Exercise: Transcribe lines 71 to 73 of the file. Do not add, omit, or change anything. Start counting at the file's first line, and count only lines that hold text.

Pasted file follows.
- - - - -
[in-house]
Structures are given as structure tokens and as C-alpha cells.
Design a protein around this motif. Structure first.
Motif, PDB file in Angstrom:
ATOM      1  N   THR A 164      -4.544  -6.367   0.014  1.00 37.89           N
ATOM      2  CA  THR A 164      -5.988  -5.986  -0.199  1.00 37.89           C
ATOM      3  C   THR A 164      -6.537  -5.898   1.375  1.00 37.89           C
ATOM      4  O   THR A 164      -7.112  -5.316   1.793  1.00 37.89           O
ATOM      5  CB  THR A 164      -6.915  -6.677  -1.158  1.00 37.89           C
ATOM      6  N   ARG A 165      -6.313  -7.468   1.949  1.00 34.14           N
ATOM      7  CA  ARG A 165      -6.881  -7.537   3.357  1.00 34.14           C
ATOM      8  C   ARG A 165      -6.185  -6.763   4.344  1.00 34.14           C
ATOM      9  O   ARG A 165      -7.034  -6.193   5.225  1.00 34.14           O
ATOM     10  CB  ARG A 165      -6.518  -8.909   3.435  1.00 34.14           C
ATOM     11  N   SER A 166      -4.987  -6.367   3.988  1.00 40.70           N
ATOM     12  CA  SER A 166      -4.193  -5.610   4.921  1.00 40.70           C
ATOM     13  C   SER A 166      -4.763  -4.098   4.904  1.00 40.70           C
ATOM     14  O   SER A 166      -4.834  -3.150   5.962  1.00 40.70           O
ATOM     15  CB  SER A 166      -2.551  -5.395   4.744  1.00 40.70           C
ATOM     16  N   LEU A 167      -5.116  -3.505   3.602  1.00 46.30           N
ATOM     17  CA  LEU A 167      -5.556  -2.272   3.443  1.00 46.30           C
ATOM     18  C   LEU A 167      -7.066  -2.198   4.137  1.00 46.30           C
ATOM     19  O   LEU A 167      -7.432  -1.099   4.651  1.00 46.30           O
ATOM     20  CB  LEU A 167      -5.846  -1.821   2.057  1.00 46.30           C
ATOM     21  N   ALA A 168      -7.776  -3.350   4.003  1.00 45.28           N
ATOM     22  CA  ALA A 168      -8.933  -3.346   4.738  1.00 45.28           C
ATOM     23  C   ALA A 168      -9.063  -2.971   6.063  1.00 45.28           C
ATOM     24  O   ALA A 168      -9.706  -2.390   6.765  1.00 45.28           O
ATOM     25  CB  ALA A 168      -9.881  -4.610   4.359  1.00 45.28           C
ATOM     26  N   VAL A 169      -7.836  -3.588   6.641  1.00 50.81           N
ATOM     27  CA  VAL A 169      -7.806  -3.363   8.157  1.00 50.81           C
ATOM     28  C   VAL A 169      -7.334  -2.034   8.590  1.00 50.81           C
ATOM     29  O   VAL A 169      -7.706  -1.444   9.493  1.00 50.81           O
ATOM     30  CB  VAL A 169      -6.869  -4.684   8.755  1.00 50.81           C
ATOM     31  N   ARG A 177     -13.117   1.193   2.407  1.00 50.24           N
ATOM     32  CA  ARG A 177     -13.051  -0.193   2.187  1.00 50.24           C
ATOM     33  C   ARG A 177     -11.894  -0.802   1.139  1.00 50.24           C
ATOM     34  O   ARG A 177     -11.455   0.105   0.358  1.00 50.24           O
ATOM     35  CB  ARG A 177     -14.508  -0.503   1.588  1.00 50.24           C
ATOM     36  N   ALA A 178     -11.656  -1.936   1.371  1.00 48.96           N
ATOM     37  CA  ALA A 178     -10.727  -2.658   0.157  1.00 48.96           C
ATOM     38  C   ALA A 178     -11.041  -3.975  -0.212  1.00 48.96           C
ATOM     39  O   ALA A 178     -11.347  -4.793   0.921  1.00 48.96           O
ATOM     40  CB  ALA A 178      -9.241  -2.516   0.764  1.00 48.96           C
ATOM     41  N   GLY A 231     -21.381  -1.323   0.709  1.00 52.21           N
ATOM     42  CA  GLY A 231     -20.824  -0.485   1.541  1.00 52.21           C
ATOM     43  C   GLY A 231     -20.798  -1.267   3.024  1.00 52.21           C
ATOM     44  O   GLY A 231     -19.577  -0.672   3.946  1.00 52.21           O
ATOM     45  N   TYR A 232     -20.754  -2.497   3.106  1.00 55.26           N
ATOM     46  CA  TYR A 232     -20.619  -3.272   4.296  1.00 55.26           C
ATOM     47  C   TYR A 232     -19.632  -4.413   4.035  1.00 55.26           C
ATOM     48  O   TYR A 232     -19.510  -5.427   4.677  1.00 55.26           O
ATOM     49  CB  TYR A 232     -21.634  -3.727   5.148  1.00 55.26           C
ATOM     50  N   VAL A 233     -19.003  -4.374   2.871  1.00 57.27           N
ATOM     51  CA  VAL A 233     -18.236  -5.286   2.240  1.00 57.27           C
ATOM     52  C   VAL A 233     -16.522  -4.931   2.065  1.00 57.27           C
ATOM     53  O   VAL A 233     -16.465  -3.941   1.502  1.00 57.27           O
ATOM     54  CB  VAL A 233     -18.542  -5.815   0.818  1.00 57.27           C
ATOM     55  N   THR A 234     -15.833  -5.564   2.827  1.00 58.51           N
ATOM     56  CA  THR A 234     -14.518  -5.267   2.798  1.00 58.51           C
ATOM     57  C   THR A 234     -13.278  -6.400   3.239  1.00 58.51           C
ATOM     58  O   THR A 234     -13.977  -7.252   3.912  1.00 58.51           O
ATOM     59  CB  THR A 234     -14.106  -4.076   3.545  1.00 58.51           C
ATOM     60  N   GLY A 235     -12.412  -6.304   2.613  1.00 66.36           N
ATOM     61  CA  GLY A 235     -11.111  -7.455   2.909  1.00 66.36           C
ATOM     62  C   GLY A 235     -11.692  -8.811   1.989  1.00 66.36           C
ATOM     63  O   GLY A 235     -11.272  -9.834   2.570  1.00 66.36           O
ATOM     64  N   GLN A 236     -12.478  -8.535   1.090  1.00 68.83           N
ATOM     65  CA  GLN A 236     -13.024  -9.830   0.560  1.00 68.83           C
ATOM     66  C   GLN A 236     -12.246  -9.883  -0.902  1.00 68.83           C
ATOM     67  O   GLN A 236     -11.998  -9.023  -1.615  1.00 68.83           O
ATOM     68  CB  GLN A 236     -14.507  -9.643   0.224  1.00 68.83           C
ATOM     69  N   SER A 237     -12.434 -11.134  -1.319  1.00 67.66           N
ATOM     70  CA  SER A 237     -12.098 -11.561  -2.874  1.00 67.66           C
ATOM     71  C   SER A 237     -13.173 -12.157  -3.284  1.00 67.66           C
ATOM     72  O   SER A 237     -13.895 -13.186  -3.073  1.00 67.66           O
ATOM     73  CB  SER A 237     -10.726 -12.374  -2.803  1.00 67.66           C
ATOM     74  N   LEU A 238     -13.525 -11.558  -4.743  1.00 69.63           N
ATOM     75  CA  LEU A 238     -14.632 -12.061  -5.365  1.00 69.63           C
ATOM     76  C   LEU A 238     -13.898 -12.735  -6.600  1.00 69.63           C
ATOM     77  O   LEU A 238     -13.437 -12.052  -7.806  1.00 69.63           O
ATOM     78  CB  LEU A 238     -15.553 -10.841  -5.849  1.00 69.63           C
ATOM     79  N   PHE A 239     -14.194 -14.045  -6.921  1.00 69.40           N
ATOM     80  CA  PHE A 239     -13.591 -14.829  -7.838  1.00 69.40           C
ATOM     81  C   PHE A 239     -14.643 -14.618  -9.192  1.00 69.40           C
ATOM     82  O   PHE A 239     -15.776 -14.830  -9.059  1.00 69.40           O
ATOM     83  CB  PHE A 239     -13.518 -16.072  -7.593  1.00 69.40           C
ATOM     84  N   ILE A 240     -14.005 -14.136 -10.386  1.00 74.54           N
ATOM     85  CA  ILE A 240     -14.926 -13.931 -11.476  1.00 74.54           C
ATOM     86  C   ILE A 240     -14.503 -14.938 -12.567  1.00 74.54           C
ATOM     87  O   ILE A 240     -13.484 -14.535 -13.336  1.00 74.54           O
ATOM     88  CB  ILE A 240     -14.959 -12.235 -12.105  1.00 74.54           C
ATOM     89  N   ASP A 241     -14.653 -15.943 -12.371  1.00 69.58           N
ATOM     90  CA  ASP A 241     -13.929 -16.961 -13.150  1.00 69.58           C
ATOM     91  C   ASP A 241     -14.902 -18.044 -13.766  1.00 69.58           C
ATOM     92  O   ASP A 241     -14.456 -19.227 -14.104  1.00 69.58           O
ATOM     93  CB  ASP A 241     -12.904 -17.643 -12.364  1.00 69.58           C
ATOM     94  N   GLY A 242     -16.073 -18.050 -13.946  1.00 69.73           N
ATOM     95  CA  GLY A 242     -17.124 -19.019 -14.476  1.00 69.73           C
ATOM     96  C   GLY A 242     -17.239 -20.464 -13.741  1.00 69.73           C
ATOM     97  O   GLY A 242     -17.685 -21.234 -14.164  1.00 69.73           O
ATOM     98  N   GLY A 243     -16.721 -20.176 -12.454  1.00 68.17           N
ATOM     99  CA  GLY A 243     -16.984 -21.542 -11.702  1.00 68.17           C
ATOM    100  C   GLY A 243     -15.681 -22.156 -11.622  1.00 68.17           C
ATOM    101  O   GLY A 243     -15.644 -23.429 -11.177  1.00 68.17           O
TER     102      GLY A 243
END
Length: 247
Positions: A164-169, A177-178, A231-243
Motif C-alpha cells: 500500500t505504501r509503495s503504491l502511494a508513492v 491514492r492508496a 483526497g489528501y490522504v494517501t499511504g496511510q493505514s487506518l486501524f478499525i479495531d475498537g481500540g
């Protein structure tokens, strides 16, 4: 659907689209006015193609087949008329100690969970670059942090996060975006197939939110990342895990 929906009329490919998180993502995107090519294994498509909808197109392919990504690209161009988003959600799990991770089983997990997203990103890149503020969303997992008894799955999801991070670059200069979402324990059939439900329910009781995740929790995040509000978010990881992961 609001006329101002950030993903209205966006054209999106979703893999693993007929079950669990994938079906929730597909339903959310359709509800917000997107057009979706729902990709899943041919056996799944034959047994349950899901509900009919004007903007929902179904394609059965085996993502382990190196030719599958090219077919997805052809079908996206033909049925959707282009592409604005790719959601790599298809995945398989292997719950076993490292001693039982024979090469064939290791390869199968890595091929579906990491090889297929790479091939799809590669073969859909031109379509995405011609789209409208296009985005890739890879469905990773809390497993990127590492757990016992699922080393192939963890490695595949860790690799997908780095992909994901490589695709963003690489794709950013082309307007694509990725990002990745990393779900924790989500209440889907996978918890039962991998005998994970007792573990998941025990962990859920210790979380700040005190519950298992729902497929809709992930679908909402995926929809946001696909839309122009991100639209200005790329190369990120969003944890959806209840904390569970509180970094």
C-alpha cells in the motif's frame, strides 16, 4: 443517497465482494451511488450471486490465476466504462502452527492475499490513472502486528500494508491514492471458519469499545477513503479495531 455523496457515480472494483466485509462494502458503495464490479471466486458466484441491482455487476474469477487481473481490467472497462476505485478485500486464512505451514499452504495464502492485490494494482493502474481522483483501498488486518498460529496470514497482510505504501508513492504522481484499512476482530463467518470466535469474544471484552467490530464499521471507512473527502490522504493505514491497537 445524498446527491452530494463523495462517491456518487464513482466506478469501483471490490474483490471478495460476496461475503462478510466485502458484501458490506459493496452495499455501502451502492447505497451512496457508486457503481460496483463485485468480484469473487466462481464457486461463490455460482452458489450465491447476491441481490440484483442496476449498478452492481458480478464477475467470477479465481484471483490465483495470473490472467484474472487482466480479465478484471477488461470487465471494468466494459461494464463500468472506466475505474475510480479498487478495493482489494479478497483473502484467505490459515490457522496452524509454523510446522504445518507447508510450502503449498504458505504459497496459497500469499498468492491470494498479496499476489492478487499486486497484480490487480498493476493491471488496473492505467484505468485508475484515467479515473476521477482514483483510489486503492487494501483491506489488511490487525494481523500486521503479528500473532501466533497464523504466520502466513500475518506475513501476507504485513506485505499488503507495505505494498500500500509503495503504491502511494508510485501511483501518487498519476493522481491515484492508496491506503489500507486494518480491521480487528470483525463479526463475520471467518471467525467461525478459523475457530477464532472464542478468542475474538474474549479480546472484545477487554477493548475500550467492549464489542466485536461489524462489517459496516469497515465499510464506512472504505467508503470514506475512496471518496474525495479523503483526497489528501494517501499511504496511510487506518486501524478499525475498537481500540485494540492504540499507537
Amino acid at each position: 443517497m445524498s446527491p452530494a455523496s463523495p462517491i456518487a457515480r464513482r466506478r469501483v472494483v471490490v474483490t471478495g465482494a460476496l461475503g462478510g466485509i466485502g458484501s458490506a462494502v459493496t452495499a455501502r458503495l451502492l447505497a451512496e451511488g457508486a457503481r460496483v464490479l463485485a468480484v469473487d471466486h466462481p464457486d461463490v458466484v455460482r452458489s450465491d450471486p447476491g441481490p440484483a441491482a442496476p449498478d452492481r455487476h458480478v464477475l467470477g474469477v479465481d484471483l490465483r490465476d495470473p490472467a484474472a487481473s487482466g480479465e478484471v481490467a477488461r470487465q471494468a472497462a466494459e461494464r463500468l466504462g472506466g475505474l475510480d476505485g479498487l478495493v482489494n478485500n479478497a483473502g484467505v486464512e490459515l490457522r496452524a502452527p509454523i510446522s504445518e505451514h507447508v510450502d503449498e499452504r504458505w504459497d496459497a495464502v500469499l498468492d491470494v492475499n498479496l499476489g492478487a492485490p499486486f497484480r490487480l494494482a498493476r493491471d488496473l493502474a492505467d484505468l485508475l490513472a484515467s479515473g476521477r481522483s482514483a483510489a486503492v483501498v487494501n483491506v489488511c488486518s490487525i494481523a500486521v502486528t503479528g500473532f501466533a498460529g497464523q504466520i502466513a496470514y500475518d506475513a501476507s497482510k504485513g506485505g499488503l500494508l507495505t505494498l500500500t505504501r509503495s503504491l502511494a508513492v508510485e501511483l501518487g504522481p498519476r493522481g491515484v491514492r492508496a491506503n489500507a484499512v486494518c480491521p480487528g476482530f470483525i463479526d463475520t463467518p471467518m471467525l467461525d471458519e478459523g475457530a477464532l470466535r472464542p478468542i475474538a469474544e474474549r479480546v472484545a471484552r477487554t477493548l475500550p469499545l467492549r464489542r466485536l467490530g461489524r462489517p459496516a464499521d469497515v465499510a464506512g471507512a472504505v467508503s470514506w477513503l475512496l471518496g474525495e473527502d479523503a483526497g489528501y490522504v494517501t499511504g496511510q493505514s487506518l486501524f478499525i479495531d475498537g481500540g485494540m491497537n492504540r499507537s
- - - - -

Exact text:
ATOM     67  O   GLN A 236     -11.998  -9.023  -1.615  1.00 68.83           O
ATOM     68  CB  GLN A 236     -14.507  -9.643   0.224  1.00 68.83           C
ATOM     69  N   SER A 237     -12.434 -11.134  -1.319  1.00 67.66           N